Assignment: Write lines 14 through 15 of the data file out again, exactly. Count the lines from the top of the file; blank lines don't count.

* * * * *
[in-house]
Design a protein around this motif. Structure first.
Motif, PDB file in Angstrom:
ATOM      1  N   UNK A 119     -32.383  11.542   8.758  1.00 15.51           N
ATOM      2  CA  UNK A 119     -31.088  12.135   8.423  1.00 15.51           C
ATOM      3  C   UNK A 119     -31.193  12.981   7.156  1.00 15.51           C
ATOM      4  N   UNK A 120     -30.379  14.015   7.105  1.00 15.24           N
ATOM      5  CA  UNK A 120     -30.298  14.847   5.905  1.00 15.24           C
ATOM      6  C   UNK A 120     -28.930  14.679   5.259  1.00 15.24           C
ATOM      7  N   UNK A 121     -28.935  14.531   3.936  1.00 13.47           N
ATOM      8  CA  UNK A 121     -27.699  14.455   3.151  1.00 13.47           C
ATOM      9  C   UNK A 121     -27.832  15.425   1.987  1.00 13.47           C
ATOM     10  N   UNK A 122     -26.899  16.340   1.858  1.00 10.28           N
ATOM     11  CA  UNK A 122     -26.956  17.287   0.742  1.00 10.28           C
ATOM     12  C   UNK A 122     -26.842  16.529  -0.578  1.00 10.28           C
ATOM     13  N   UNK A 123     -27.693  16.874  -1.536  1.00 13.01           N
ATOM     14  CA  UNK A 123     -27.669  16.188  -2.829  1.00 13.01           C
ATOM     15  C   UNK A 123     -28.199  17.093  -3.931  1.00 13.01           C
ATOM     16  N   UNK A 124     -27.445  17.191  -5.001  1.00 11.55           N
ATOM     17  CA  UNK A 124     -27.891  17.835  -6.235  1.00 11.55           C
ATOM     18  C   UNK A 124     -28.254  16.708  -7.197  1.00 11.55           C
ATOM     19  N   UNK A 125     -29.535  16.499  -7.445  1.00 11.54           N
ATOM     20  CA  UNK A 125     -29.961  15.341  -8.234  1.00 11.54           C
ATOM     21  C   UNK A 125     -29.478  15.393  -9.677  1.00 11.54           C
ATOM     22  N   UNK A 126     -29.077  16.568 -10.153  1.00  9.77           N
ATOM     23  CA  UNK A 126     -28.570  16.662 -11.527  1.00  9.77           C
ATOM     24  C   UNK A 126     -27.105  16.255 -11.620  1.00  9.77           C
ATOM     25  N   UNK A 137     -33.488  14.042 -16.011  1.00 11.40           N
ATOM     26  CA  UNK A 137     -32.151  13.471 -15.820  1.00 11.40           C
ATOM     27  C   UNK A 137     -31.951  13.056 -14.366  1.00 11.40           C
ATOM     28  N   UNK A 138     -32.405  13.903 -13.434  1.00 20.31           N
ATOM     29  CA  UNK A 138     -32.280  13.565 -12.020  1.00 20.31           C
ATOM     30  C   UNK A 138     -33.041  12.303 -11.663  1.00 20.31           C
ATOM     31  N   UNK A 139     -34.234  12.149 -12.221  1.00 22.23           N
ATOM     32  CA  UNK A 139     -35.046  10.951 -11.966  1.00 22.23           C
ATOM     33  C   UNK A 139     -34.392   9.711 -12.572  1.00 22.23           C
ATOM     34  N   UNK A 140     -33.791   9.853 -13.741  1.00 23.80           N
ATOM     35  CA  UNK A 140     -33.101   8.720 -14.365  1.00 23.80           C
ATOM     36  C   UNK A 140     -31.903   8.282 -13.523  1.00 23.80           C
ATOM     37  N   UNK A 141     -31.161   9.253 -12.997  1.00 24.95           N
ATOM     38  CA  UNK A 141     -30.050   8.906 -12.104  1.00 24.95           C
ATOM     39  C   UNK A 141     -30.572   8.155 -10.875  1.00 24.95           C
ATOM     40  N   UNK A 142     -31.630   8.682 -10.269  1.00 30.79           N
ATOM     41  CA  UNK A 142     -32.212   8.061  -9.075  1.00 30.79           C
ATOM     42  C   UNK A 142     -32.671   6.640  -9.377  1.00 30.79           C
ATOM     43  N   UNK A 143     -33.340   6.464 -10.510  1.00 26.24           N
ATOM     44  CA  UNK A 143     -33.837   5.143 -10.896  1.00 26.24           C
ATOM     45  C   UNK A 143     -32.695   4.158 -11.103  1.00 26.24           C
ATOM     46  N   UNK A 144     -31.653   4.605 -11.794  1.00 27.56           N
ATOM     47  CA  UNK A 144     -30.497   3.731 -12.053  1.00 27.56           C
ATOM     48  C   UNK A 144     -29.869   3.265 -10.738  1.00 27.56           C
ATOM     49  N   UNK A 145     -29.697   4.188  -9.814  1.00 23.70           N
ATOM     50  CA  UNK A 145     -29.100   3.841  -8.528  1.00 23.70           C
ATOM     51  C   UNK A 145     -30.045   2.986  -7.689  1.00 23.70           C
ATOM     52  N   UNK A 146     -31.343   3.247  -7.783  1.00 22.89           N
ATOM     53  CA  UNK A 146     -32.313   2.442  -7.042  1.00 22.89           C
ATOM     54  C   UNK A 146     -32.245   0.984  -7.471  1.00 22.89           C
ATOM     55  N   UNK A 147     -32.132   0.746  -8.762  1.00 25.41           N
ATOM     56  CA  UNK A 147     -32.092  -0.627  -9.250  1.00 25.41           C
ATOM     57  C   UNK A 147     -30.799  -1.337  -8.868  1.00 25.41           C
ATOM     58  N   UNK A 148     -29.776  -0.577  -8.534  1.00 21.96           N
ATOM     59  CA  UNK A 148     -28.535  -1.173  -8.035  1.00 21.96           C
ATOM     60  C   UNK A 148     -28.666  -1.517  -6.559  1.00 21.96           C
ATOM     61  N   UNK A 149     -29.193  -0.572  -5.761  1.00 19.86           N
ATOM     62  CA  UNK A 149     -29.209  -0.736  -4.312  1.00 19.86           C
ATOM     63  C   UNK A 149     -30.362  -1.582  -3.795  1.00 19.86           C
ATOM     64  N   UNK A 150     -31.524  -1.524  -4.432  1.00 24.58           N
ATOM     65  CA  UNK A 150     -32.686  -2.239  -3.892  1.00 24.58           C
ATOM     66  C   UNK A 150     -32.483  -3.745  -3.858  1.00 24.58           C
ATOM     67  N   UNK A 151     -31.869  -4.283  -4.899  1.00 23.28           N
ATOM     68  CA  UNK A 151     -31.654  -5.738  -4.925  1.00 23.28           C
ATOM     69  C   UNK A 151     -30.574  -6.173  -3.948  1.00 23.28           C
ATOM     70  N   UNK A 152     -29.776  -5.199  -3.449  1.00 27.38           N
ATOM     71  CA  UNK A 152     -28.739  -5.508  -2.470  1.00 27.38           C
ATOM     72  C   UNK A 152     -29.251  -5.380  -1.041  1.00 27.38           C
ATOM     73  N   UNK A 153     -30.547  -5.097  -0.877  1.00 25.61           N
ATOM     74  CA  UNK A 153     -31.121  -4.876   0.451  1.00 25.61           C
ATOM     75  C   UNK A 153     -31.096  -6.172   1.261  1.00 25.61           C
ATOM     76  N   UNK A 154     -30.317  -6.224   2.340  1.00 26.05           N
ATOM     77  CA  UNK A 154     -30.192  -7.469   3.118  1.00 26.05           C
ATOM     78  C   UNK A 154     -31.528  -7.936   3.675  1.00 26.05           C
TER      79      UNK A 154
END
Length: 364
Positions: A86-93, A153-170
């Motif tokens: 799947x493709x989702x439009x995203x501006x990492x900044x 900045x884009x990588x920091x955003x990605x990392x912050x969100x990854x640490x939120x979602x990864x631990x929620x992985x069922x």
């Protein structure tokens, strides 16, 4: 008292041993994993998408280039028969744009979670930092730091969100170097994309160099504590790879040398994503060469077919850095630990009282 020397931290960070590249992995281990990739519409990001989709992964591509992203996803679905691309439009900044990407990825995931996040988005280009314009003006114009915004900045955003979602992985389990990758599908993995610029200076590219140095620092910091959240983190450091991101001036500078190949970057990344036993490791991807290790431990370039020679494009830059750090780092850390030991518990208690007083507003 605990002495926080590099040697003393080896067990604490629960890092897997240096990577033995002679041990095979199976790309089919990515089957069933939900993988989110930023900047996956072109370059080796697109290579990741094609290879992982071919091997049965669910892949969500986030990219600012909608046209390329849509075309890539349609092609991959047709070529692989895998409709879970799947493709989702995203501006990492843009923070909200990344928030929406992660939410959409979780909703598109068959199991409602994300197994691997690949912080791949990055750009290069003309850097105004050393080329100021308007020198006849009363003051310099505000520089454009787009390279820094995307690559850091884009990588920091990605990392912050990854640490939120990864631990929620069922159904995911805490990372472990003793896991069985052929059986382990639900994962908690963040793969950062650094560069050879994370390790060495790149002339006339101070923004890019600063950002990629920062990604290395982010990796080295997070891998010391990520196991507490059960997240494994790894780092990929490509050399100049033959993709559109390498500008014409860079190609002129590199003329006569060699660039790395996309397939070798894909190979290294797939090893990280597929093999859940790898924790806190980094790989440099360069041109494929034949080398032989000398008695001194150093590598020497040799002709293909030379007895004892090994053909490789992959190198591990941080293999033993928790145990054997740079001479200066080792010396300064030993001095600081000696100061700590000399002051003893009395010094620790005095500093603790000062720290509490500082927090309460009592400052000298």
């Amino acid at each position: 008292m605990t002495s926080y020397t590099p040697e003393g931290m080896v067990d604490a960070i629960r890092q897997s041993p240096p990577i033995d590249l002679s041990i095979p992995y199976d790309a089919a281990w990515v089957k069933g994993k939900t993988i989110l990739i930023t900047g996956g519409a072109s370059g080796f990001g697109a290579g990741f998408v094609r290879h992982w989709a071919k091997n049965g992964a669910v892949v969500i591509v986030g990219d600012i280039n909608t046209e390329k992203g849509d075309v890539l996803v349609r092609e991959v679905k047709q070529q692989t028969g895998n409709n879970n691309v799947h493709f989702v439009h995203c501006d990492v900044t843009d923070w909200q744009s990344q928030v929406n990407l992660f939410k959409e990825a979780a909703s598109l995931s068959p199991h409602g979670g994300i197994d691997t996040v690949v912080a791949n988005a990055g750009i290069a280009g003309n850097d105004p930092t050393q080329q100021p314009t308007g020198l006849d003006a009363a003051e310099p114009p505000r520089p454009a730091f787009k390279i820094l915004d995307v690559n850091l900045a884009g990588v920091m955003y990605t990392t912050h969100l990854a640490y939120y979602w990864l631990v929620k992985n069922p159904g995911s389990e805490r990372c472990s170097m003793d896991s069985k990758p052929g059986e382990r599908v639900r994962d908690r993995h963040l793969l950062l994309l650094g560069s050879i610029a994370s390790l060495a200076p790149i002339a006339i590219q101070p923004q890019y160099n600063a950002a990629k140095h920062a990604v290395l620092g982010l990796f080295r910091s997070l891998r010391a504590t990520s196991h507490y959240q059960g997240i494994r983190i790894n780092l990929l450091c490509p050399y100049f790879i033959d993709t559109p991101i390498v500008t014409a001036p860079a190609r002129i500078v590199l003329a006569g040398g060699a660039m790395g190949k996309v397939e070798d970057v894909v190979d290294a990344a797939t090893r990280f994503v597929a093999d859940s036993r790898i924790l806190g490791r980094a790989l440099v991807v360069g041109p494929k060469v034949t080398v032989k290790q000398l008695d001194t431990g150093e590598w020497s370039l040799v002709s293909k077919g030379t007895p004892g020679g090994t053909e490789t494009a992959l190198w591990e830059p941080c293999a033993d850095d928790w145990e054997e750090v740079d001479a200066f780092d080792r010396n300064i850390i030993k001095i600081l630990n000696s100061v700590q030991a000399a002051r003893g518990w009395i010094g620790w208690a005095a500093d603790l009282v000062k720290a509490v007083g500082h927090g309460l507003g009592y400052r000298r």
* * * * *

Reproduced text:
ATOM     11  CA  UNK A 122     -26.956  17.287   0.742  1.00 10.28           C
ATOM     12  C   UNK A 122     -26.842  16.529  -0.578  1.00 10.28           C